#Reviewing

From Platforms to Control: #Reviewing Thomas Rid’s Rise of the Machines for Its Macro-History of the U.S. Air Force

From Platforms to Control: #Reviewing Thomas Rid’s Rise of the Machines for Its Macro-History of the U.S. Air Force

For those familiar with the traditional narrative of U.S. airpower history centered on the Air Corps Tactical School’s development of bomber doctrine followed by its application against Germany during World War II, Rid provides a jarring but useful counter-narrative focused on human-machine interactions.

#Reviewing Bayly's War

#Reviewing Bayly's War

The popular conception of World War I centers on hellish trench warfare and all its horrors. While it is undeniable that the war was won and lost on the Western Front, the lines stretching back across the Atlantic that brought men and desperately needed supplies into the theater of operations played an essential part in Allied victory.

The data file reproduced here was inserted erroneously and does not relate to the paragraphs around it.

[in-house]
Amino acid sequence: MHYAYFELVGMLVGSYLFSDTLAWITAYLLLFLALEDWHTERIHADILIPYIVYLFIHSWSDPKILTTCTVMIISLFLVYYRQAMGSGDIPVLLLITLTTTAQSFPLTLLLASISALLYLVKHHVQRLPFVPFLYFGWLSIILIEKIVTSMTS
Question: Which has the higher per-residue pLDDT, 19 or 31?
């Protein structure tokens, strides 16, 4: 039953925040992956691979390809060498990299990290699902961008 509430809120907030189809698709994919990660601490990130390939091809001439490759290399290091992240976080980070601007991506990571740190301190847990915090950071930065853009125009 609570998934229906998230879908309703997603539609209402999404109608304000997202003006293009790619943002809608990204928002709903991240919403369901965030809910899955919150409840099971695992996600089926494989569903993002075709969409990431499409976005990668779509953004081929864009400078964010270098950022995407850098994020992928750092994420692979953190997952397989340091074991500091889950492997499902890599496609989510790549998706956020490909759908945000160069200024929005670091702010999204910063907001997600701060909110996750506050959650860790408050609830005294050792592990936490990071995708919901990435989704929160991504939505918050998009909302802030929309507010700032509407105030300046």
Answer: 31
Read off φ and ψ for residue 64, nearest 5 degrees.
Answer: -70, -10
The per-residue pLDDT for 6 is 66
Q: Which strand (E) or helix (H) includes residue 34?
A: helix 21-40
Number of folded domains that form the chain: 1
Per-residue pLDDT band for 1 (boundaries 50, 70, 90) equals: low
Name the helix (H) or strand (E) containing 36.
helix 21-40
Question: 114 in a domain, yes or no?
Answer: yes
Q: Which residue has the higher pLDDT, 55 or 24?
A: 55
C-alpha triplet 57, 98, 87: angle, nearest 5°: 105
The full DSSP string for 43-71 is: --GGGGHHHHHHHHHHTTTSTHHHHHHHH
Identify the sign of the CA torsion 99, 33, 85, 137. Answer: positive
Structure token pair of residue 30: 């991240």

The People Who Invented the Internet: #Reviewing The Imagineers of War

The People Who Invented the Internet: #Reviewing The Imagineers of War

Weinberger’s history of DARPA is an enthralling read and especially recommended for professionals in acquisition or research areas. It should appeal far beyond the defense community, it is perhaps the best institutional case study in innovation management and adaptive organizational design available.

#Reviewing In the Year of the Tiger

#Reviewing In the Year of the Tiger

In the Year of the Tiger still deserves serious consideration by scholars as a worthwhile book in the growing field of academic investigation into the First Indochina War. Despite shortfalls in commission and omission at points, Waddell provides a cogent and useful analysis on which others may usefully build. That should, after all, be the goal among those who seek to understand how the First Indochina War conditioned the disaster the United States chose to pursue after final French defeat in 1954.

#Reviewing The Fighters

#Reviewing The Fighters